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  7. Something you could be interested in, especially John and Terry, is the citizen platform “Barcelona en comu” whose try to build partizipatory democracy on municipal level and won the city elections in 2015 (with a perspective for nation-wide and transnational networking of “rebel cities”). Their organizational structure kinda reminded me of Terry’s multi-body model (as seen here on page 8): https://barcelonaencomu.cat/sites/default/files/win-the-city-guide.pdf

    Greetings from Germany.

    Liked by 2 people

  8. Paul,

    > I know a lot of people who don’t stand up even in a small audience to have their say (including me). . . I attended meetings where participation was facilitated by offering the possibility to deliver written remarks.

    It remains the fact that most citizens will have little to actively contribute, either in speech or writing. But this doesn’t mean that they cannot choose who they would like to speak on their behalf by ticking a box on a ballot paper. Those who seek to abolish elected politicians (and this does NOT include John Burnheim) need to explain how they intend filling this enormous democratic hole. The claim that a randomly-selected sample will automatically speak and act like the population that it “describes” has already been demonstrated to be false.

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  9. Keith,

    >The claim that a randomly-selected sample will automatically speak and act like the population that it “describes” has already been demonstrated to be false.

    Could you please provide a citation for that?

    I have looked up the work of James Fishkin’s Deliberative Democracy experiments and the examples in Surowecki’s *Wisdom of the Crowd* as proving the opposite.

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  10. meant to say ‘I have looked UPON the work…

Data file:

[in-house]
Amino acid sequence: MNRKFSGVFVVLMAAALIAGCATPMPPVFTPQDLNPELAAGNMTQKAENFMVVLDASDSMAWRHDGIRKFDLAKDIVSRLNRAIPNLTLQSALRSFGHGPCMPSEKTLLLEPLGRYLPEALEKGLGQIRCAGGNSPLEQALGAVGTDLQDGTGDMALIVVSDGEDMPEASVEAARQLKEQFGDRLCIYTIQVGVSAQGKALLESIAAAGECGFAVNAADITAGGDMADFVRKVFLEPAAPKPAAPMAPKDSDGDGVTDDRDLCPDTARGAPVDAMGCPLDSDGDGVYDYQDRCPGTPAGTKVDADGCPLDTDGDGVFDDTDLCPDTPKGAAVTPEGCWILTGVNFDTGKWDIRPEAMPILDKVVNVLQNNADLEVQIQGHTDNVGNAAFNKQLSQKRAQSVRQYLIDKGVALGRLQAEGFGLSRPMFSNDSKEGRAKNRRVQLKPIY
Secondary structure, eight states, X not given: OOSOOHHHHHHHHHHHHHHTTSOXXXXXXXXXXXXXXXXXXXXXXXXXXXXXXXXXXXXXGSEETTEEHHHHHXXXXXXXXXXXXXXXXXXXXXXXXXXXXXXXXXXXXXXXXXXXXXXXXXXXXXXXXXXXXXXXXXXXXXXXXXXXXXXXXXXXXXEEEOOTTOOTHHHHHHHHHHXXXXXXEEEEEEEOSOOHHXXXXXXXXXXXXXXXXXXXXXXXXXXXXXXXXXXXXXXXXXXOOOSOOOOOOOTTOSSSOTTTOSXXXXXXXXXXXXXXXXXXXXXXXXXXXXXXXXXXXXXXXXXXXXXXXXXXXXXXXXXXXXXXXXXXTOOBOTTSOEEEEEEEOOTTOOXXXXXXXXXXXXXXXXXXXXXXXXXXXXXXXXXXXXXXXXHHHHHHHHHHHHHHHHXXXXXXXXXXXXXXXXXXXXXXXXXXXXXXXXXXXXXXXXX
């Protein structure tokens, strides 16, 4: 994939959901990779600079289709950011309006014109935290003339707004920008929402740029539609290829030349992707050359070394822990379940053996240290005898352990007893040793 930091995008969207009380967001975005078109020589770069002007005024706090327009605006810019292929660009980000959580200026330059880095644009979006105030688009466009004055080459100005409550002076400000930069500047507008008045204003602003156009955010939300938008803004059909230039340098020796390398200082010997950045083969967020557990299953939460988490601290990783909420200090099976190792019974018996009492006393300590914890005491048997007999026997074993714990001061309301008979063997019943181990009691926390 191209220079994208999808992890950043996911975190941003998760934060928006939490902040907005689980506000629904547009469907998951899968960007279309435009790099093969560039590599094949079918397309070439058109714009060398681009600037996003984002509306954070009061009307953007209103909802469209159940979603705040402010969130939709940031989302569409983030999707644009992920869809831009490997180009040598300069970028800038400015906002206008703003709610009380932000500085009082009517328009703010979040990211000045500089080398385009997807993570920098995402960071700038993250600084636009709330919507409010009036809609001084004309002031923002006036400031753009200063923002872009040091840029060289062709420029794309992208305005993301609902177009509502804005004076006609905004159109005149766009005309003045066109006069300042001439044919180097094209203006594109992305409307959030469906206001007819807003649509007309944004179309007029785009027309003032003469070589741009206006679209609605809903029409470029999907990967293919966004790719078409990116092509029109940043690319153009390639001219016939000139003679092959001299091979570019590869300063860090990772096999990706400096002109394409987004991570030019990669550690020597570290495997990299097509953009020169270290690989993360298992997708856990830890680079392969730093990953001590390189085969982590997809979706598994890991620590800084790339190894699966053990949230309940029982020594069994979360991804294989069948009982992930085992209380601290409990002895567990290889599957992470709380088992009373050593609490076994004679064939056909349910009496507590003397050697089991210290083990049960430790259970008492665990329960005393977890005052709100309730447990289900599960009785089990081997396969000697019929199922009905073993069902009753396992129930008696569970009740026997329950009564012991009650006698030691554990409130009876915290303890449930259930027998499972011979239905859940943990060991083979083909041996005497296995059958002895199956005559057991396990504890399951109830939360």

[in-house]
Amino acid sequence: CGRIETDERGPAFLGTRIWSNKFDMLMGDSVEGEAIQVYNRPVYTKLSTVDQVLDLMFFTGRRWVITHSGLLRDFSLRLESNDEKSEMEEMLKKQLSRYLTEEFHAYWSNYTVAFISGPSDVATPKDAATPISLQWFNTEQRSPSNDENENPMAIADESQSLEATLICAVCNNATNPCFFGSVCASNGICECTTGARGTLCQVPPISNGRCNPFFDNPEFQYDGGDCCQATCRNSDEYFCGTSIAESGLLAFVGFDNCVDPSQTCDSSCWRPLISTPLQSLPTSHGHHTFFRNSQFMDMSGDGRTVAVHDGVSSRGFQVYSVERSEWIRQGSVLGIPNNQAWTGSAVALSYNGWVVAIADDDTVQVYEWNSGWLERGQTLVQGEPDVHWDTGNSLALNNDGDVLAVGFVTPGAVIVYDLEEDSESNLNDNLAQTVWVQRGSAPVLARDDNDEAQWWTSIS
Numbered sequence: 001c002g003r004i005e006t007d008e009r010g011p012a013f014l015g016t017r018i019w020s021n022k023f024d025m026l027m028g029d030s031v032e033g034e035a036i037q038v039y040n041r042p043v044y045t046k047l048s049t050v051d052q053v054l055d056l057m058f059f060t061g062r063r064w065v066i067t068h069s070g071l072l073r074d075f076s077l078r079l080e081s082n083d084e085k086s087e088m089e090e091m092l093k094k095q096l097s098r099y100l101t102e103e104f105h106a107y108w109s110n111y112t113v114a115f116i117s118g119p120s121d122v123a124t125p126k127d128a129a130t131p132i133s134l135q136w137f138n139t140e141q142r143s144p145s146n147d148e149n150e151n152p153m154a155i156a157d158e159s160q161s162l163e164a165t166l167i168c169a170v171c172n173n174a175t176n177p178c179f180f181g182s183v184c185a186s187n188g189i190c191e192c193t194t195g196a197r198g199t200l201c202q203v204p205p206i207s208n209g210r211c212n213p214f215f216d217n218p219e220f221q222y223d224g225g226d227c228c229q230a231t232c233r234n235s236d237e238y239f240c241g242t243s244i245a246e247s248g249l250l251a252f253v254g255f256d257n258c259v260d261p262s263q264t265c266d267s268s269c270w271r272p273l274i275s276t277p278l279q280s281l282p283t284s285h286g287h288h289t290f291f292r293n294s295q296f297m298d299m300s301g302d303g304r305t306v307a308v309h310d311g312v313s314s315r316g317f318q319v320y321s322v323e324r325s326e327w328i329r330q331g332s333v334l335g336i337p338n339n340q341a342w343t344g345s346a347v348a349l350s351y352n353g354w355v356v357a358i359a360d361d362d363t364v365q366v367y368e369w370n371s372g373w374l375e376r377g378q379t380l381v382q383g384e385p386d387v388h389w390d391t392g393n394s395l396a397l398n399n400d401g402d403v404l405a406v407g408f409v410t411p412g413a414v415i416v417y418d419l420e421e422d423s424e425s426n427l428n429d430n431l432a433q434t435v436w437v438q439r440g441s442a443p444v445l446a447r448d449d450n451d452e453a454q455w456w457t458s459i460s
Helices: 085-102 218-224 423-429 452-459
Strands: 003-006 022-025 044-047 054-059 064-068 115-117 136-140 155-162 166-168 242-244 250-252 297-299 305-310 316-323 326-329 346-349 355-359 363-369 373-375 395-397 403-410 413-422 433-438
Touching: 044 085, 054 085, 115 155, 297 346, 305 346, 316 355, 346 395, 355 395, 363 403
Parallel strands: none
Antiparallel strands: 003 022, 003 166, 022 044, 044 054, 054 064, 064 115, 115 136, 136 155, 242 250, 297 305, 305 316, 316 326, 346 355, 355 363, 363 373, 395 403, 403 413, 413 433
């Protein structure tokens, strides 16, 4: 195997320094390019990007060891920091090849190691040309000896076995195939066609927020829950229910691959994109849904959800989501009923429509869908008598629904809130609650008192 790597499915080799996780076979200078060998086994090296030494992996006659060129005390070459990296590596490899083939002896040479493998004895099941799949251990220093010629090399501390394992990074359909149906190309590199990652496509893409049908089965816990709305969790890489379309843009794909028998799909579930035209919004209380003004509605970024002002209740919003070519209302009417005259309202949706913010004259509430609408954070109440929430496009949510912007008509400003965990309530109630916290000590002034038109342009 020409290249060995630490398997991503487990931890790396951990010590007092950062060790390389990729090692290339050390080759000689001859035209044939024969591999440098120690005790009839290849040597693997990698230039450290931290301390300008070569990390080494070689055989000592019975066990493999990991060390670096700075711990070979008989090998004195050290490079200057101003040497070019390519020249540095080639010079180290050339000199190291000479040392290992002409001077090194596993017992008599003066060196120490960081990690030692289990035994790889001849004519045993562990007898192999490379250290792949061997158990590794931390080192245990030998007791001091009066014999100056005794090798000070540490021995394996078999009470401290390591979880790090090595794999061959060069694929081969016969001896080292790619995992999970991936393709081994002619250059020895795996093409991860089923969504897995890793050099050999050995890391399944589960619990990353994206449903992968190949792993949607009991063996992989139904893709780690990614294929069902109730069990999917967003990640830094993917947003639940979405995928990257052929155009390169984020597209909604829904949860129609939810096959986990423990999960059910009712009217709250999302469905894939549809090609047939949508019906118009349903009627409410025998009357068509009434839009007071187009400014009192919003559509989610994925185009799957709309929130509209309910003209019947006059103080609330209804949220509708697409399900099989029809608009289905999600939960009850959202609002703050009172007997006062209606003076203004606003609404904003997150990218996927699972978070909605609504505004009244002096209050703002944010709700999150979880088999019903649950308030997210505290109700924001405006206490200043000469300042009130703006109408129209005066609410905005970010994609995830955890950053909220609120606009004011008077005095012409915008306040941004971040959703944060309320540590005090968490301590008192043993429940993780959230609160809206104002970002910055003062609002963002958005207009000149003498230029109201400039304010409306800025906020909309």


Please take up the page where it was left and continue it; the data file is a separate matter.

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  11. CLS,

    >Could you please provide a citation for [the claim that a randomly-selected sample will automatically speak and act like the population that it “describes” has already been demonstrated to be false.]?

    Hanna Pitkin:

    If the contemplated action is voting, then presumably (but not obviously) it means that the [descriptively-mandated] representative must vote as a majority of his constituents would. But any activities other than voting are less easy to deal with. Is he really literally to deliberate as if he were several hundred thousand people? To bargain that way? To speak that way? And if not that way, then how? (Pitkin, 1967, pp. 144-145)

    What Pitkin is saying here is that voting on binary issues (yea or nay) is a simple aggregative process – it would be possible for example for a delegate-style representative to simply act as a token for the aggregate votes of her constituents (as is the standard practice at trade union conferences). However the delegate is entirely ignorant as to why each of her members might choose to vote that way; as soon as the delegate rises to her feet to speak, she can only give a particular argument and immediately loses democratic legitimacy as only those in the target population sharing that particular perspective would be represented. Anything other than aggregate behaviour by a descriptively-representative chamber is in breach of its democratic legitimacy and that means that allotted members would necessarily be restricted to asking questions (on points of information) and voting.